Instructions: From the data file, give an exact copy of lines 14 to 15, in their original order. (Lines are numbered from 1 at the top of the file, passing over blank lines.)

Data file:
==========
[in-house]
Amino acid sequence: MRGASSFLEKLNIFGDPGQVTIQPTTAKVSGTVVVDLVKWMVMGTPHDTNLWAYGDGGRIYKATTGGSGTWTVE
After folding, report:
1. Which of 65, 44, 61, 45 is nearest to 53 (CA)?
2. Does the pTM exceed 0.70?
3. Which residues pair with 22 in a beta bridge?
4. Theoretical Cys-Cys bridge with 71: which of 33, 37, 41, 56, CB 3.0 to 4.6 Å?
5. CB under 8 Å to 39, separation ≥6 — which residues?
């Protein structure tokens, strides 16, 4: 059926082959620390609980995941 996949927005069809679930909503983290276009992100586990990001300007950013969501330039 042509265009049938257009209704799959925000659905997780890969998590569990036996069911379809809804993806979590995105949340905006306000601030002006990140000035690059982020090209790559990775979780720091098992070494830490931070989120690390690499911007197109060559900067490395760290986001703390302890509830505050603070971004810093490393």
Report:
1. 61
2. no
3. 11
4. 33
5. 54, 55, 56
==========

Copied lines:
4. 33
5. 54, 55, 56